There should always be room for a traditional panto
There's something inherently liberating about being able to boo and hiss someone and not feel in the least bit embarassed about it, writes Tony Parrat.
Yes it's panto time again and where better to see it than in the surrounding of a welcoming church hall packed with relatives and friends, familiar with all the heart-warming traditions of the genre.
Trinity Players production of Snow White and the Seven Dwarfs had virtually every generation of actor in it, which really did give it a lovely warm family feel.
But with some great set designs, stunning costumes and inspired musicianship from David Frost, there was nothing remotely amateurish about this Andy Johnson production.
Principal boo target as Queen Elvira was Linda Smith, who certainly earned all the wrath of the audience as she plotted to kill Snow White (Jasmine Merry) and win the hand of Prince Caspian (Kayleigh Brown).
But she was continually thwarted in her plans by a trio of haples, but kind-hearted souls, played by Sefton Winslade as Nurse Nellie, Matthew Smith as Muddles and Travis Merry as Igor.
These three had the crowd in hysterics and Sefton's over the top portrayal as the blousy nurse was hilarious, especially when he singled out one rather unfortunate male member of the audience, who was the target of his saucy entreaties.
Matthew and Travis showed a lot of promise as the two youngsters whose speciality was in the slapstick variety, especially one clever decorating scene where wallpaper and paste were plastered in every direction, except the right one.
Jasmine Merry, taking the title role, proved a fine actress, with a lovely singing voice, who combined perfectly with Kayleigh (Prince Caspian) in their duets.
Maureen Quittentton was all sparkle and magic as Fairy Snowdrop, who took us all into a world of fantasy,and to the home of the Seven Dwarfs, who helped to save Snow White.
And society stalwart John Simpson was a magisterial Lord Chancellor.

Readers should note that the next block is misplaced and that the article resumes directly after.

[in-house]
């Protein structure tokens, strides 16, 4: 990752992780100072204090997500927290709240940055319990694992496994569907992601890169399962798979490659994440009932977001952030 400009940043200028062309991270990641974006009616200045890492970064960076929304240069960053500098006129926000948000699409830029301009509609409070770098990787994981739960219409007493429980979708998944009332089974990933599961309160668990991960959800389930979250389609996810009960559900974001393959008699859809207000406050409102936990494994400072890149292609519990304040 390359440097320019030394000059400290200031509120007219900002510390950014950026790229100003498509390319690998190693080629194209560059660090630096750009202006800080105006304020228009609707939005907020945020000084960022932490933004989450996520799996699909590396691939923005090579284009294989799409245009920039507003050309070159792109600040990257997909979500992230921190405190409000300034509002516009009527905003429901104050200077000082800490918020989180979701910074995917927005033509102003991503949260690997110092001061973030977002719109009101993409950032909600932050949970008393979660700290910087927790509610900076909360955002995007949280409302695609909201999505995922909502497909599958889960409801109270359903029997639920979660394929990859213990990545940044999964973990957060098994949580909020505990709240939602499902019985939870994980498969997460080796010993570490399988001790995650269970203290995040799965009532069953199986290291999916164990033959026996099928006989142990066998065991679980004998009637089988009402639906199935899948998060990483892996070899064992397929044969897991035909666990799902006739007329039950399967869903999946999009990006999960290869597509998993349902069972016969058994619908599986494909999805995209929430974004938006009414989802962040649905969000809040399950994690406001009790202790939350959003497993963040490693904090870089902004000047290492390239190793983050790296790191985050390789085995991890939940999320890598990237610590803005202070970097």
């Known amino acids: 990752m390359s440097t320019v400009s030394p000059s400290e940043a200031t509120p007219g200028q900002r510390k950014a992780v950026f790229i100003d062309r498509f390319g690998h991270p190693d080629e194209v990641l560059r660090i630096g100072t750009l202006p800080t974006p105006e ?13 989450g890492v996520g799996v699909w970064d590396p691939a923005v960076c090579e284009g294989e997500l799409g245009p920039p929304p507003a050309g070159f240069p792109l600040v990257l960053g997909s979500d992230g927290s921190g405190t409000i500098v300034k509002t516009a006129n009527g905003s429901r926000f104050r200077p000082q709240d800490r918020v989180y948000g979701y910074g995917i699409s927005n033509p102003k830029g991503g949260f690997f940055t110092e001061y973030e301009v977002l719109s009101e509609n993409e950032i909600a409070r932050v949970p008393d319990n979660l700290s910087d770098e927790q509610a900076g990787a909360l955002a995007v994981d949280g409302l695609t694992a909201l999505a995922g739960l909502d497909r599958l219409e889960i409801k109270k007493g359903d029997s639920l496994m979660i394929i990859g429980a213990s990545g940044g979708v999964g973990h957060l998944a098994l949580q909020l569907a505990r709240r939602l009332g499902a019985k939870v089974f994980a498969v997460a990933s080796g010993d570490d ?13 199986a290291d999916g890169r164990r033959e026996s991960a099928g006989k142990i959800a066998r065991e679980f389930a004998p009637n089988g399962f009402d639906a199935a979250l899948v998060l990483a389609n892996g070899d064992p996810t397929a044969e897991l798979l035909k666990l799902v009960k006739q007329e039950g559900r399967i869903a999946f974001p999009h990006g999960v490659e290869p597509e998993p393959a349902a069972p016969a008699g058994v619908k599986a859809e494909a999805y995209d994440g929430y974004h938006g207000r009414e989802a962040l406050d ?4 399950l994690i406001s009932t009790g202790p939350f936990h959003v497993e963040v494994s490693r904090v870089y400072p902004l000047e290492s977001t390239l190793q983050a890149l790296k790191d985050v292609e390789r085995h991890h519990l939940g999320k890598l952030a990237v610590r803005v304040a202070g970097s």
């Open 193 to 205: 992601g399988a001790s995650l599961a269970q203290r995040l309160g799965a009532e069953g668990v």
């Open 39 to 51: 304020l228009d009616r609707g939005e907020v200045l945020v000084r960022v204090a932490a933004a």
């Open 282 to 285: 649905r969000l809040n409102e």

The " magnificent seven" were the perfect troupe, providing fun, laughter and sympathy, while also displaying nifty footworkas they burst into song with their trademark Hi Ho as they set off to work.
And credit must also be paid to the many young dancers and singers, who worked their little socks off and provided backing as villagers,ghosts and woodland animals Snow White and her gang , met on their adventures.
Say what you like, there is always room for a traditional panto, especially one where at the end, most of the cast walk off the stage, to be backslapped by their families and friends, for a great show.
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The Pantomime Alliance of Leicestershire held its 17th salute to panto on Saturday 24th March 2018 at Winstanley Community College, Braunstone Town Leicester. 19 local amateur dramatic groups from all over Leicestershire were all eagerly contesting the awards. 4 groups including ourselves were performing snippets of our panto on the evening. We were lucky enough to be nominated for 15 out of the 24 awards (which is unheard of) we went on to win 6 of the awards including the coverted Blue Balloon trophy for the best panto 2018, much to all of the cast and crews shock and excitement.
we received nominations for
Front of house - Lynn Bradley
Lighting - operated by Luke Winslade, programmed and designed by Aiden Johnson